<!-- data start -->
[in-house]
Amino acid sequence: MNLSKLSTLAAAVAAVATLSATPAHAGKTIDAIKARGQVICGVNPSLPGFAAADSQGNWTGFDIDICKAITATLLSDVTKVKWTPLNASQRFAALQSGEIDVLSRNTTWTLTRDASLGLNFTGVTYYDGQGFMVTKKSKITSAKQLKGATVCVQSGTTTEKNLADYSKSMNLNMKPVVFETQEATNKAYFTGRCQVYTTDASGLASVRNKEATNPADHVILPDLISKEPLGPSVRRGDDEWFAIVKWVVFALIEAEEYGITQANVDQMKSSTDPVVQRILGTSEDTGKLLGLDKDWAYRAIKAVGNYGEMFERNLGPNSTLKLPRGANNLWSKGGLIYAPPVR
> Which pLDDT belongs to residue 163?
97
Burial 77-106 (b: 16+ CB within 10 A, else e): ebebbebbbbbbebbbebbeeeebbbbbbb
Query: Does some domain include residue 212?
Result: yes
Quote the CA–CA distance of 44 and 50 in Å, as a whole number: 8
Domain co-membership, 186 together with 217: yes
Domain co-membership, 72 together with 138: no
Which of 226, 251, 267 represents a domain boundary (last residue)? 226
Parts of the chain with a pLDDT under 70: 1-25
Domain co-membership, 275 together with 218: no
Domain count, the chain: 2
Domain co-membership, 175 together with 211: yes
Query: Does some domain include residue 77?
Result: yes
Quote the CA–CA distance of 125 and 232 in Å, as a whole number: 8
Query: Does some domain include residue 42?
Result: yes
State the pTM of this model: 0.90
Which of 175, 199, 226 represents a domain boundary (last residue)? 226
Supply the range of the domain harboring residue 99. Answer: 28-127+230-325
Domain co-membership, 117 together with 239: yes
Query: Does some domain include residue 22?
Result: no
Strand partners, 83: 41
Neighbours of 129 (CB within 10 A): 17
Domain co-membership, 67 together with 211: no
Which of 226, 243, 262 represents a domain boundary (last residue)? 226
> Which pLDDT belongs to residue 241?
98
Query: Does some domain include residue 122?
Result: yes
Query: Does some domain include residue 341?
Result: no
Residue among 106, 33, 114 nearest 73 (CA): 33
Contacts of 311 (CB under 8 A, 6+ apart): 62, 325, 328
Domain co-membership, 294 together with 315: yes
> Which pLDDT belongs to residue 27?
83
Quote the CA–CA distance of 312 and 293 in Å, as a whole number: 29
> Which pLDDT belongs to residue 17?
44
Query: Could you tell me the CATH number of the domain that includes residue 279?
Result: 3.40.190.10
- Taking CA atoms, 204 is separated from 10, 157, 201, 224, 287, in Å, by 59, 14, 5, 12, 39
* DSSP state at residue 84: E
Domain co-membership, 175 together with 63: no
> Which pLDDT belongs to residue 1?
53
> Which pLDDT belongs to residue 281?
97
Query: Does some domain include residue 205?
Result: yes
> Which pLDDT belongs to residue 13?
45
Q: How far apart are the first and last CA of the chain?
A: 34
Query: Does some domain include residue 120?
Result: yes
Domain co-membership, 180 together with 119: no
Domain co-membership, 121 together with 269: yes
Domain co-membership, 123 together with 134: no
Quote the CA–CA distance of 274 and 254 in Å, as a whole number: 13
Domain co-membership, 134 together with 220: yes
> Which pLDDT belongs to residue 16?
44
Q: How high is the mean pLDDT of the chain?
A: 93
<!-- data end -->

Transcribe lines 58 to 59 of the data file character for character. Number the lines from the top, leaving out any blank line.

Q: How far apart are the first and last CA of the chain?
A: 34